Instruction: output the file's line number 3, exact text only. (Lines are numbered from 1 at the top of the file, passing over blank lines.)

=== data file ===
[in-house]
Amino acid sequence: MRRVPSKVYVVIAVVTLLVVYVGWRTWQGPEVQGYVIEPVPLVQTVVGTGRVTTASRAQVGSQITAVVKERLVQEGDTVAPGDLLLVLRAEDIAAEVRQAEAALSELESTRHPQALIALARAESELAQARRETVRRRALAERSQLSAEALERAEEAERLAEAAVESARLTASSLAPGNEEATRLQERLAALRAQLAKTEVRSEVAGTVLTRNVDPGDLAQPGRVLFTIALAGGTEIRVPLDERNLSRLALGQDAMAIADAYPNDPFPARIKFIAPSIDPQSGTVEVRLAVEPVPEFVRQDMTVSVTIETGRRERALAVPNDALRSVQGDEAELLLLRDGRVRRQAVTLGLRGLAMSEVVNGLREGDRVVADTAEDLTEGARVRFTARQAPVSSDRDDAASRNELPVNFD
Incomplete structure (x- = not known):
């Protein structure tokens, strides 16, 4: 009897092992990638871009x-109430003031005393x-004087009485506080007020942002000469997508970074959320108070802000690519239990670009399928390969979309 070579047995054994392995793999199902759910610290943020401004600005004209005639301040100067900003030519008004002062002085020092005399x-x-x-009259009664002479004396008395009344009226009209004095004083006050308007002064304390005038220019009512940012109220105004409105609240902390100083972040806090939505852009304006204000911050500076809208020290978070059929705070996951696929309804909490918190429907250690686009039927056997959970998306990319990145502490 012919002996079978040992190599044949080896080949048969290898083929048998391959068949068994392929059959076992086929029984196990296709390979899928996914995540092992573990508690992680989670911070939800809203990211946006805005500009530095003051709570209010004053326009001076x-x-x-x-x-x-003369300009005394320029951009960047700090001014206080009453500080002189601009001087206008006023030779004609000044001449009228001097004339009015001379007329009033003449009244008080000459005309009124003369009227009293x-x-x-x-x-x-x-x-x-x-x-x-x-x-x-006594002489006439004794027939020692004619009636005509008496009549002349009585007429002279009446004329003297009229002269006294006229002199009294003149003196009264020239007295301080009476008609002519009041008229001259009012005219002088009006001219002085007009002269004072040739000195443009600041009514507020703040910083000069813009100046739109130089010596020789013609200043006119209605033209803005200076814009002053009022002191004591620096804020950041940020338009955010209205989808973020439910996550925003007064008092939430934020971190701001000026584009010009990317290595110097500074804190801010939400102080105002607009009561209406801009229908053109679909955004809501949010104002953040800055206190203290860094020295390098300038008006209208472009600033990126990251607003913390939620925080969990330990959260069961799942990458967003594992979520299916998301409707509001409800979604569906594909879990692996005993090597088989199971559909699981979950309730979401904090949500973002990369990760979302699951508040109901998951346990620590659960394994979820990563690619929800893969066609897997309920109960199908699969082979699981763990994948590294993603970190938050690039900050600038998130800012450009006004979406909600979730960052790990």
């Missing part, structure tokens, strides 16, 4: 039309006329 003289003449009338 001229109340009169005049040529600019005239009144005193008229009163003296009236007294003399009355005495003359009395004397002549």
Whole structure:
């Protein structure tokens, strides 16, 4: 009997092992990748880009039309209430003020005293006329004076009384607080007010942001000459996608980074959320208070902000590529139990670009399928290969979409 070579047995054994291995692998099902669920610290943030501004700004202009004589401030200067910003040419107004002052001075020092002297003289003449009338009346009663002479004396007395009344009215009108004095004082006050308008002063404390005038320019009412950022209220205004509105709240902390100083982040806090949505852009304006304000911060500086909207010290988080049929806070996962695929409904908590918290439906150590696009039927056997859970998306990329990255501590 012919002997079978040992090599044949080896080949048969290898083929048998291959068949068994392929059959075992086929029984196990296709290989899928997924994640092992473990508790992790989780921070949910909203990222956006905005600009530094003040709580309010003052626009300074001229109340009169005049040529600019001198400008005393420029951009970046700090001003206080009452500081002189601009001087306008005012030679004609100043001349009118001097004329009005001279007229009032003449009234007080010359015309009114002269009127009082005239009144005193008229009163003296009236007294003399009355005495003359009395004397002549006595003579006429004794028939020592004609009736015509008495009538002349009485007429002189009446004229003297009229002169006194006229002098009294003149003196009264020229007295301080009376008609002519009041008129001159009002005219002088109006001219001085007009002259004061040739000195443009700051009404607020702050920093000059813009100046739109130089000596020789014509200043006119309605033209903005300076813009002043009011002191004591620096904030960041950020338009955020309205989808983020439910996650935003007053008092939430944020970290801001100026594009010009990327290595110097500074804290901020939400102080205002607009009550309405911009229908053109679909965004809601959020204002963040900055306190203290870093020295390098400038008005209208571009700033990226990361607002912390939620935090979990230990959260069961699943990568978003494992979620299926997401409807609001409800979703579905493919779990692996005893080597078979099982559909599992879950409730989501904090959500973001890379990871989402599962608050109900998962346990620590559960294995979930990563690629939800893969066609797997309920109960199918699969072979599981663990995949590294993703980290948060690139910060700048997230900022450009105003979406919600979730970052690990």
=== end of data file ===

Incomplete structure (x- = not known):